Ireland: Johnson 'prepared for fundamental action' says Hoey
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The UK and the European Union were at loggerheads over the Northern Ireland protocol after Brussels unilaterally triggered Article 16 in a bid to prevent the coronavirus vaccine from entering the UK from the nation. Despite the bloc withdrawing the article, Brexit-backing peer Kate Hoey has urged for an immediate amendment of the protocol as she warned Boris Johnson could make the necessary changes to avoid further disruption to trade in Northern Ireland unilaterally. Speaking to the eurosceptic Bruges Group earlier this week, Baroness Hoey said: “There are other ways, it doesn’t have to be Article 16.
“The Government could decide to legislate – remember, we had something called the Internal Market Bill, which a lot of the Remainers jumped on as breaking international law.
“It actually would have allowed any situation where Northern Ireland was being affected economically to societally or environmentally to be altered. It would have given the Government the power to do that and would’ve overwritten it.
“There are other ways we can do it and I’ve been quite optimistic when I heard the Prime Minister say over the past couple of weeks, when pushed repeatedly, he is prepared to do something fundamental about the protocol.”
The Internal Market Bill was first tabled in September in a bid to grant the British Government the power to ensure smooth trade could be maintained between all UK nations regardless of the arrangements struck with the European Union.
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The bill ultimately passed in December 2020 after the House of Lords repeatedly rejected it, prompting the Government to withdraw a series of controversial clauses that sparked concerns about the respect of international law.
Despite the UK and the EU coming to a final trade agreement on December 24, 2020 both sides have expressed some concerns after disruption emerged at the border.
Boris Johnson has been facing calls to push for changes to the protocol long before Brussels triggered Article 16 over the Covid vaccines.
Former Northern Ireland First Minister David Trimble, a leading player in the negotiations of the landmark 1998 Good Friday Agreement, urged the UK and the EU to stop “playing fast and lose” with Northern Ireland.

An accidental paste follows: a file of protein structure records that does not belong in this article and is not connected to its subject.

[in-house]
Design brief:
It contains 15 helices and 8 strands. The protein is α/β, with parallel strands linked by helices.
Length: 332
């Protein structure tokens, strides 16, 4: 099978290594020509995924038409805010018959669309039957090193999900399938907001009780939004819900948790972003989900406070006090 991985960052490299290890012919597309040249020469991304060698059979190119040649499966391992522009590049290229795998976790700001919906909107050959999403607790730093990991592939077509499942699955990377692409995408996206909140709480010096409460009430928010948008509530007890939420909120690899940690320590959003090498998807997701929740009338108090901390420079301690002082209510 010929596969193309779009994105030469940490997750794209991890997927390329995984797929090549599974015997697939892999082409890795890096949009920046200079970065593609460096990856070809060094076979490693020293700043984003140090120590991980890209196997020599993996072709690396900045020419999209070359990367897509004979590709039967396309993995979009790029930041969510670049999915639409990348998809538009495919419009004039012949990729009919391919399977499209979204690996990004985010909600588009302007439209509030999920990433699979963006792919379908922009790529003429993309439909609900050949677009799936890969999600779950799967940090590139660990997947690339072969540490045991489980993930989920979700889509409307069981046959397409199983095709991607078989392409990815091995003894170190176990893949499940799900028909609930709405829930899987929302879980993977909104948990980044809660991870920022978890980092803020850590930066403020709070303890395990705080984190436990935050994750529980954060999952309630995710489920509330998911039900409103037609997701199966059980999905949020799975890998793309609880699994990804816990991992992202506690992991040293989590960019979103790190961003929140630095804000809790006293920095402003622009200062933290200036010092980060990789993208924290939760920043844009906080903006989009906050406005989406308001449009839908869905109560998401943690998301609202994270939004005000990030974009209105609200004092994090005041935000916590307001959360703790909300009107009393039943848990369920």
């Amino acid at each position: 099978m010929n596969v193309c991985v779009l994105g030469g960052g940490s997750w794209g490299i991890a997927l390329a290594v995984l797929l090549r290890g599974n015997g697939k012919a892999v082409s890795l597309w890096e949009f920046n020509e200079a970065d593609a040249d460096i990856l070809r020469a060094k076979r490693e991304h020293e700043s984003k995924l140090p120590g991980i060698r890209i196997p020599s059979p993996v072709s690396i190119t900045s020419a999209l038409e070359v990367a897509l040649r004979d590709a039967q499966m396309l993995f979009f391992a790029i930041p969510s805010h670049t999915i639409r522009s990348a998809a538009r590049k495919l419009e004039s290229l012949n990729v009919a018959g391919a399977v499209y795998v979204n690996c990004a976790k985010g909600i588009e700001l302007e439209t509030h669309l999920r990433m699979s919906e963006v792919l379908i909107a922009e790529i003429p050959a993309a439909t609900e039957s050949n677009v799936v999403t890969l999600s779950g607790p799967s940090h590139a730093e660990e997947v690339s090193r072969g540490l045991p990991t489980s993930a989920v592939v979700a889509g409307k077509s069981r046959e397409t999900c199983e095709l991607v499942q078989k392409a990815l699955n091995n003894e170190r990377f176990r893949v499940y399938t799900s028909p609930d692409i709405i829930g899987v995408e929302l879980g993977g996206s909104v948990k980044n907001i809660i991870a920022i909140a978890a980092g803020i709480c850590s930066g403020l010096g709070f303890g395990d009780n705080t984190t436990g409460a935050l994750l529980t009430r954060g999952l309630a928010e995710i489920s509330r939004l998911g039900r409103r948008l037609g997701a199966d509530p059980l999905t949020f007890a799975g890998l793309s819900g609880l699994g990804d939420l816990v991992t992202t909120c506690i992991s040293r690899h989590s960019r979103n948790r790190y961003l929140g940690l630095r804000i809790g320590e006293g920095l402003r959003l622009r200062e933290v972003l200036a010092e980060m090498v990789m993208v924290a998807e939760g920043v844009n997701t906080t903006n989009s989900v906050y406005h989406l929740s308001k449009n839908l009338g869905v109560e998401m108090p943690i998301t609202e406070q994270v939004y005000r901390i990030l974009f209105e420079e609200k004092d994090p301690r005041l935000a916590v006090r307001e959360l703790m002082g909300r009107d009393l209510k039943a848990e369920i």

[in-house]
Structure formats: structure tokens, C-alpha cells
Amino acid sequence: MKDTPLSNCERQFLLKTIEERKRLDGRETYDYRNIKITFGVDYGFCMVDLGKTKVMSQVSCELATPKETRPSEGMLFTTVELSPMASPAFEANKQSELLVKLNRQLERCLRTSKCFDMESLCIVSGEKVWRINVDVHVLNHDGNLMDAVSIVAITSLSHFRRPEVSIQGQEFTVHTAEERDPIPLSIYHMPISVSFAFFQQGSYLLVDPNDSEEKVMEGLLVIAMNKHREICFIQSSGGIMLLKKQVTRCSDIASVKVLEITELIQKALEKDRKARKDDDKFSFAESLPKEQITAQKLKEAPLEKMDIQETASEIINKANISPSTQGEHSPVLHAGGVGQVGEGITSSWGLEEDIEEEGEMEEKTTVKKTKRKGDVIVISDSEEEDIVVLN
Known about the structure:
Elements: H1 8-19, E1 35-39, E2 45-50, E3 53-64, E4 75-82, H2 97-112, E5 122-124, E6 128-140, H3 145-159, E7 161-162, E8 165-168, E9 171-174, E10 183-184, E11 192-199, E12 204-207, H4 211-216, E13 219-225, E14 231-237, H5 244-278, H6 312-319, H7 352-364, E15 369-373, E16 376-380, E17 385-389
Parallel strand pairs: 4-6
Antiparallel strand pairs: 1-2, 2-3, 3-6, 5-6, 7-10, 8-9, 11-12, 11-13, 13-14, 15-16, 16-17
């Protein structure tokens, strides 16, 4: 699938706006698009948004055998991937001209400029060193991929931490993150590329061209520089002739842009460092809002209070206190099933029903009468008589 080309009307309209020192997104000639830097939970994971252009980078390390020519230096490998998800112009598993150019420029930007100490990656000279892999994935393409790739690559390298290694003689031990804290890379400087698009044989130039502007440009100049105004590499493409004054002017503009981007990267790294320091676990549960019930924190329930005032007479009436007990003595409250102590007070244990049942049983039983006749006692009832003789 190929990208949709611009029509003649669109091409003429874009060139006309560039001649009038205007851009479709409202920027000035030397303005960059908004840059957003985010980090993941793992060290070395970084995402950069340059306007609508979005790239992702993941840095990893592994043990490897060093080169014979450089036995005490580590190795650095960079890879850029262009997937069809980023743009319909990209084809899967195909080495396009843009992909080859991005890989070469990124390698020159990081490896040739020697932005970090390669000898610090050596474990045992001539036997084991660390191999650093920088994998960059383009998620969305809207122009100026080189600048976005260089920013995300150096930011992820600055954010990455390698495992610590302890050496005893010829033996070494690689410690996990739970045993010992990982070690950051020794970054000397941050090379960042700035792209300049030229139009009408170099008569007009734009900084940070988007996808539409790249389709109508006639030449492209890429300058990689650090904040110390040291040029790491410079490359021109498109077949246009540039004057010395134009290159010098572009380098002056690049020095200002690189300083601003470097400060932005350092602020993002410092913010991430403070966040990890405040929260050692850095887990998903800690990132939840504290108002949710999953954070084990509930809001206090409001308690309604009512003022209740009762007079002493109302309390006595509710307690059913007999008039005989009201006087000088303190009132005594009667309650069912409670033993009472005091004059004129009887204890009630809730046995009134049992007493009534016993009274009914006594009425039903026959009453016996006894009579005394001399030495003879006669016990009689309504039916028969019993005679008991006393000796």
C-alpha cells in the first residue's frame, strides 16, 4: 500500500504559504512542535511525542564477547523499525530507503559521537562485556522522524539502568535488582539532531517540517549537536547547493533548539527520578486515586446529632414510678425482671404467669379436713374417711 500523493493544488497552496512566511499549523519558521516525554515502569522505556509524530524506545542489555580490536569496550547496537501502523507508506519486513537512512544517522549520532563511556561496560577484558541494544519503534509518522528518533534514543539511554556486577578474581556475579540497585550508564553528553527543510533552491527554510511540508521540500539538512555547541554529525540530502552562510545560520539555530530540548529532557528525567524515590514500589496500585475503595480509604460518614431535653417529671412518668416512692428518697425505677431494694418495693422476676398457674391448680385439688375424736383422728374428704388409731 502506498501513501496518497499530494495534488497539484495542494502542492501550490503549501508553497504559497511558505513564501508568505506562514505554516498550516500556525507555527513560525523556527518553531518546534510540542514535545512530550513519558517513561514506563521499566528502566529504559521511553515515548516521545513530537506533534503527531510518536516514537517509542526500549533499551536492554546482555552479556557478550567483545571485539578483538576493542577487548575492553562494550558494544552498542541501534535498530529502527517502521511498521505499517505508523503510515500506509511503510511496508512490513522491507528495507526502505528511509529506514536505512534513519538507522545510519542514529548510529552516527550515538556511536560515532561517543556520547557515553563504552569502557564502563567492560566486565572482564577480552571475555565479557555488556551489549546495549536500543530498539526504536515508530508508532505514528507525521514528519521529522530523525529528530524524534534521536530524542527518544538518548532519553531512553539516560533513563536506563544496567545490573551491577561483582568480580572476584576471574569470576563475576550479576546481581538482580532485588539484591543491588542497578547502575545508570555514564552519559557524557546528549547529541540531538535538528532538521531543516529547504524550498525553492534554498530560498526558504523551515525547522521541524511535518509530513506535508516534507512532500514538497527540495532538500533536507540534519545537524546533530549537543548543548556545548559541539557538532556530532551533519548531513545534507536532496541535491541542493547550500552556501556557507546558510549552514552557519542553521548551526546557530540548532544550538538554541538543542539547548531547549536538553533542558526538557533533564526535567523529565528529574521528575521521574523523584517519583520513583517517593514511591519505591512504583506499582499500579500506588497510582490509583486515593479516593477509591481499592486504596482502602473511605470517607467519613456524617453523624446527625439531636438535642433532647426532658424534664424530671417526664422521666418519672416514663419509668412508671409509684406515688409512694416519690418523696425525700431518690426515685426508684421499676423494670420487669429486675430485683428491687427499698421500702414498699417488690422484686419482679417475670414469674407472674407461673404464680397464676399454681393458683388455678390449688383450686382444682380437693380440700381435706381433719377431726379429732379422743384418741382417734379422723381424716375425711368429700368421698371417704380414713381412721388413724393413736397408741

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Writing in the Irish Times, Baron Trimble said: “As someone who loves my country, and made real personal and political sacrifices to bring peace and normality to it, I implore my own Government, the Irish Government and the EU to stop playing fast and loose with the hard-won arrangements in the Belfast Agreement.
“My primary objection to the protocol is that it changes fundamentally the constitutional relationship between Northern Ireland and the rest of the UK.
“The laws that will apply to the economy, the environment, agriculture, workers rights, and regulations covering everything from building standards to use of weedkillers, no longer will be made at our parliament in Westminster or the local Assembly in Belfast.
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“They will instead be determined by a foreign authority in Brussels.”
The DUP in Northern Ireland are pushing to scrap the mechanism, which has caused red tape on goods transported to the nation from the rest of the UK.
Micheal Martin said the stance of Northern Ireland’s largest unionist party was disappointing.
Speaking at the online ceremony this week held by the European Movement Ireland, Mr Barnier said: “We travelled several times to Ireland and Northern Ireland, we went to the border, we walked on the peace bridge in Derry/Londonderry.”
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